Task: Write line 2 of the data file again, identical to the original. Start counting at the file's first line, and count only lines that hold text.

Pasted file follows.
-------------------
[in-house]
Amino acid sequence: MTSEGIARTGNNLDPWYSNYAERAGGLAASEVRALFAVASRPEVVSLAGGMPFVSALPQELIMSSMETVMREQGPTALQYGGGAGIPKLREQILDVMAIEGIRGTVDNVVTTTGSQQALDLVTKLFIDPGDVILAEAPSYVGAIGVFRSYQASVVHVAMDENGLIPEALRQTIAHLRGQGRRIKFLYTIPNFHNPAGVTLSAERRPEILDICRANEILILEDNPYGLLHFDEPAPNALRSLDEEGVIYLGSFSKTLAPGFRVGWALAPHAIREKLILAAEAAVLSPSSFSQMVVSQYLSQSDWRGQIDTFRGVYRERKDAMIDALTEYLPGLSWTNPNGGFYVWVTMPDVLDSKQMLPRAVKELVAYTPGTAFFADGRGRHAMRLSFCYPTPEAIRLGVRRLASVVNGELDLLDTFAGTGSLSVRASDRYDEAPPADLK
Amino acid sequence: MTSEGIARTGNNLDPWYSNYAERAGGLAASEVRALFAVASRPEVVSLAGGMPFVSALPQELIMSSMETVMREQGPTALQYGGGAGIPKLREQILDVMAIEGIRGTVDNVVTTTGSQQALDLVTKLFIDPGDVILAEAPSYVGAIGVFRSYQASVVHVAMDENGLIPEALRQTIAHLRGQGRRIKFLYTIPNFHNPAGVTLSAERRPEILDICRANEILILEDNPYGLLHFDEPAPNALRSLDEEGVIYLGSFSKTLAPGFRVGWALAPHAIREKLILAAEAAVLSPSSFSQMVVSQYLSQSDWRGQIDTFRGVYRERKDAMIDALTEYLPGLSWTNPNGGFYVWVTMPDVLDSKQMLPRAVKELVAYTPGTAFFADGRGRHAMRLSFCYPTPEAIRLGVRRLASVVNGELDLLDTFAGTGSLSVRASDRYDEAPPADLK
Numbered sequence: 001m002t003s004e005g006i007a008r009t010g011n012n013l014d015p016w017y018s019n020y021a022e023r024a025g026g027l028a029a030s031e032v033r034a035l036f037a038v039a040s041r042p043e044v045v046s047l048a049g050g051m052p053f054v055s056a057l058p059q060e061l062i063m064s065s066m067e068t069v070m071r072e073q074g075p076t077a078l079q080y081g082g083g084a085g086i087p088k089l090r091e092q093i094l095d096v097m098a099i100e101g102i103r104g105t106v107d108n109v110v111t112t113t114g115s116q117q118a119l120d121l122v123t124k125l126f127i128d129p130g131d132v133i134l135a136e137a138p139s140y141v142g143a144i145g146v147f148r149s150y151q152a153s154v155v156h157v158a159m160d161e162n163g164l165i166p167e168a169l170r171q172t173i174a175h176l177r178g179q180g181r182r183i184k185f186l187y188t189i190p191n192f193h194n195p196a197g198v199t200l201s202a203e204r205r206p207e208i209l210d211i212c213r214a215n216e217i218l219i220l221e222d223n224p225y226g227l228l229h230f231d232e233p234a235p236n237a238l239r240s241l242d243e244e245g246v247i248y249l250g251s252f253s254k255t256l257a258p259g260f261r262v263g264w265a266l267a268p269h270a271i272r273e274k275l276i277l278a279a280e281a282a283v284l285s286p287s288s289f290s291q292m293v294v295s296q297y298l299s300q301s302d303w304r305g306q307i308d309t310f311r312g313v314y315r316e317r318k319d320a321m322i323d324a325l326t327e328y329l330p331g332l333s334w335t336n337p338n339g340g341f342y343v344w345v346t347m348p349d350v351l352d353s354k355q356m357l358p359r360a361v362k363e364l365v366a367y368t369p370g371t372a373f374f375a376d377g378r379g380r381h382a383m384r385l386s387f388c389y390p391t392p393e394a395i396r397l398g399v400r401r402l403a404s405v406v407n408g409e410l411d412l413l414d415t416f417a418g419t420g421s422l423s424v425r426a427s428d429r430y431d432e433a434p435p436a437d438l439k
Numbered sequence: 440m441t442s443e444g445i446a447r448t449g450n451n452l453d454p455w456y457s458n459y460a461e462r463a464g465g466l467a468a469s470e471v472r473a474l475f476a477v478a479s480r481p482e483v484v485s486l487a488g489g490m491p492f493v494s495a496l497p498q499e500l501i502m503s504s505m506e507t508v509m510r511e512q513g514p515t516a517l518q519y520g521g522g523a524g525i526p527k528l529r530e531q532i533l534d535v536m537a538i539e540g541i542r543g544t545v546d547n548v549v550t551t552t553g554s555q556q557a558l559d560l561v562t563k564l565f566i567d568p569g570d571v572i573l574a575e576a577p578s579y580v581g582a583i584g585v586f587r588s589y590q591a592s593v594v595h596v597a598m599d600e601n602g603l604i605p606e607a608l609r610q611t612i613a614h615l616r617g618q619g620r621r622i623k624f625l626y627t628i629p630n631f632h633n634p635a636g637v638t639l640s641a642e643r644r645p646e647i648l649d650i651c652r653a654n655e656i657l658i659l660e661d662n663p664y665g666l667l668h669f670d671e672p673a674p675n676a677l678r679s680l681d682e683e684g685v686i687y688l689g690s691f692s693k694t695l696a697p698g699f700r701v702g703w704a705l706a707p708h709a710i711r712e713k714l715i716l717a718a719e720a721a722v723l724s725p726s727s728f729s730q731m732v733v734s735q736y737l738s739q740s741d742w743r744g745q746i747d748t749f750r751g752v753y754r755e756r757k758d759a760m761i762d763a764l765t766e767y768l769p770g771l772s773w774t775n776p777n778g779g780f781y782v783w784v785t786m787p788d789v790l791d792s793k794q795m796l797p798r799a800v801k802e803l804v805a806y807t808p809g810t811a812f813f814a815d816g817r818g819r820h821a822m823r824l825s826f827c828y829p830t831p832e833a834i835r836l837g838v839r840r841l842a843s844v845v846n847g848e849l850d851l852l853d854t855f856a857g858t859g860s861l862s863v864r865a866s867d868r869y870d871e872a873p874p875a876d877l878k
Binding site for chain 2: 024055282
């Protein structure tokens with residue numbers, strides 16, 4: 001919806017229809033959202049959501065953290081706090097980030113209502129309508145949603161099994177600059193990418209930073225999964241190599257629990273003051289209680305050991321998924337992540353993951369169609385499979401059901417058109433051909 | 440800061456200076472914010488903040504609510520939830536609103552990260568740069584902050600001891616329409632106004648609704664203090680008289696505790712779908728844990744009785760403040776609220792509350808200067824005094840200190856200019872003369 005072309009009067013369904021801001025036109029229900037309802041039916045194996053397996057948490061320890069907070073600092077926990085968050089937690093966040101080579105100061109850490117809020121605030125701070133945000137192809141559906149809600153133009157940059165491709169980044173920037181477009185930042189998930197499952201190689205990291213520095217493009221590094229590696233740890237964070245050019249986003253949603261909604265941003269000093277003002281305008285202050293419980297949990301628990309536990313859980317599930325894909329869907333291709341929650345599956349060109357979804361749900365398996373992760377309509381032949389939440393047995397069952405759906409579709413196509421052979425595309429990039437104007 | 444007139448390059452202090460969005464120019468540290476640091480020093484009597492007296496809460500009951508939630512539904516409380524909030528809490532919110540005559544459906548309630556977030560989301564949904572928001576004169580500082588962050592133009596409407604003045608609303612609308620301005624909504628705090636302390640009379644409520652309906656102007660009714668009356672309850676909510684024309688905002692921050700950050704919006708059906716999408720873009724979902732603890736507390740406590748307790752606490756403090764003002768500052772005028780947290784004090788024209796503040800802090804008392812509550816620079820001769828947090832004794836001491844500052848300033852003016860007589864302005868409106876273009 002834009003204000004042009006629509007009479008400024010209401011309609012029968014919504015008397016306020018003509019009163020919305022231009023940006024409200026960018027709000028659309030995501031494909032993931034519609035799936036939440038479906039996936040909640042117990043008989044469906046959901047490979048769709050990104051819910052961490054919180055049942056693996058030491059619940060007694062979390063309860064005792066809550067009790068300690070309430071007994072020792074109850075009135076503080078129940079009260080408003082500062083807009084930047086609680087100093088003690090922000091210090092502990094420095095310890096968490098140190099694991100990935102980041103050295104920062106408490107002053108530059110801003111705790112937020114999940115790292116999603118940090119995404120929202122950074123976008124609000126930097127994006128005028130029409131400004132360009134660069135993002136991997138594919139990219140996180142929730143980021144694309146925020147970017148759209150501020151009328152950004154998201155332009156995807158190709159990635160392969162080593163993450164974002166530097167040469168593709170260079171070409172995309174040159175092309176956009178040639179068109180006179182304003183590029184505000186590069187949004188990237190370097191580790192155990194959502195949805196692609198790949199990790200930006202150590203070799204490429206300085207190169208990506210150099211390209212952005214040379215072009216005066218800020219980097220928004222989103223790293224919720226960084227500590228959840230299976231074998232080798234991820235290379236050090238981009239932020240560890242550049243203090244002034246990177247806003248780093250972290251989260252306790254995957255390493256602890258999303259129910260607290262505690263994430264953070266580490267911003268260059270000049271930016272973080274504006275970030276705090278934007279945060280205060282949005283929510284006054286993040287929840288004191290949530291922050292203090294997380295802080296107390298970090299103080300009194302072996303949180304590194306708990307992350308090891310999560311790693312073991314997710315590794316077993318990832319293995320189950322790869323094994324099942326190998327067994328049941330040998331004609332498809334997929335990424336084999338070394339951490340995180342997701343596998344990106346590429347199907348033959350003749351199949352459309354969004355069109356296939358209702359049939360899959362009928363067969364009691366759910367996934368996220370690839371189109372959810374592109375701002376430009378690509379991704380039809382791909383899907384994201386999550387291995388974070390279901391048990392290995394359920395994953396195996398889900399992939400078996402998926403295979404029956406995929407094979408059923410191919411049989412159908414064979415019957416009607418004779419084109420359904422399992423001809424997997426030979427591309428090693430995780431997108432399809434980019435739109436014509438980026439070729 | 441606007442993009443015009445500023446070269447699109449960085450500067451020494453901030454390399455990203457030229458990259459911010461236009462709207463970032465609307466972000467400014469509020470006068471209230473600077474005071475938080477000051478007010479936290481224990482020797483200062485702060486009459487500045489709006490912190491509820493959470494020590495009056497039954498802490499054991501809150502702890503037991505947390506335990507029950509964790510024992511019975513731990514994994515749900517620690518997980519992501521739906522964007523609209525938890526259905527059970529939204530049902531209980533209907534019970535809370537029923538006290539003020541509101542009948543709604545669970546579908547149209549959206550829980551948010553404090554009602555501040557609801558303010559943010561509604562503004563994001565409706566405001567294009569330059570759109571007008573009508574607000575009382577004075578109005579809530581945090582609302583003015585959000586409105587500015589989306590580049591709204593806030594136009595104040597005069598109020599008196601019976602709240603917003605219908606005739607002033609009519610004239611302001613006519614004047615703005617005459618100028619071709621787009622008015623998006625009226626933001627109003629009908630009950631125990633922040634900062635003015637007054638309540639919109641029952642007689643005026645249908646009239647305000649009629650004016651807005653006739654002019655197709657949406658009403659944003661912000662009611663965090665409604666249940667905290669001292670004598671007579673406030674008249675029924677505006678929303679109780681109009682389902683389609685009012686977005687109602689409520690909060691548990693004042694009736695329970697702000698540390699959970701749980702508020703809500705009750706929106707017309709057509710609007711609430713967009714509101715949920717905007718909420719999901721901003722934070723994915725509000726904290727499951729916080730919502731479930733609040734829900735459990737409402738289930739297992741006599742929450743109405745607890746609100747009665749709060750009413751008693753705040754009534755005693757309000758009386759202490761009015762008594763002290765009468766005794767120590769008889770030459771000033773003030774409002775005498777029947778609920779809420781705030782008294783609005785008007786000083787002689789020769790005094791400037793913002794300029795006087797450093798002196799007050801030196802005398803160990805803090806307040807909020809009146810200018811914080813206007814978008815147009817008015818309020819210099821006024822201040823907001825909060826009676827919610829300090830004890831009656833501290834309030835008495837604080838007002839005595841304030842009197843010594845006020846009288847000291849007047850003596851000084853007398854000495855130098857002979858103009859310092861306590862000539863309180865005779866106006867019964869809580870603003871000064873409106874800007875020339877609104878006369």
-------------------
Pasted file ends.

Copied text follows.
Amino acid sequence: MTSEGIARTGNNLDPWYSNYAERAGGLAASEVRALFAVASRPEVVSLAGGMPFVSALPQELIMSSMETVMREQGPTALQYGGGAGIPKLREQILDVMAIEGIRGTVDNVVTTTGSQQALDLVTKLFIDPGDVILAEAPSYVGAIGVFRSYQASVVHVAMDENGLIPEALRQTIAHLRGQGRRIKFLYTIPNFHNPAGVTLSAERRPEILDICRANEILILEDNPYGLLHFDEPAPNALRSLDEEGVIYLGSFSKTLAPGFRVGWALAPHAIREKLILAAEAAVLSPSSFSQMVVSQYLSQSDWRGQIDTFRGVYRERKDAMIDALTEYLPGLSWTNPNGGFYVWVTMPDVLDSKQMLPRAVKELVAYTPGTAFFADGRGRHAMRLSFCYPTPEAIRLGVRRLASVVNGELDLLDTFAGTGSLSVRASDRYDEAPPADLK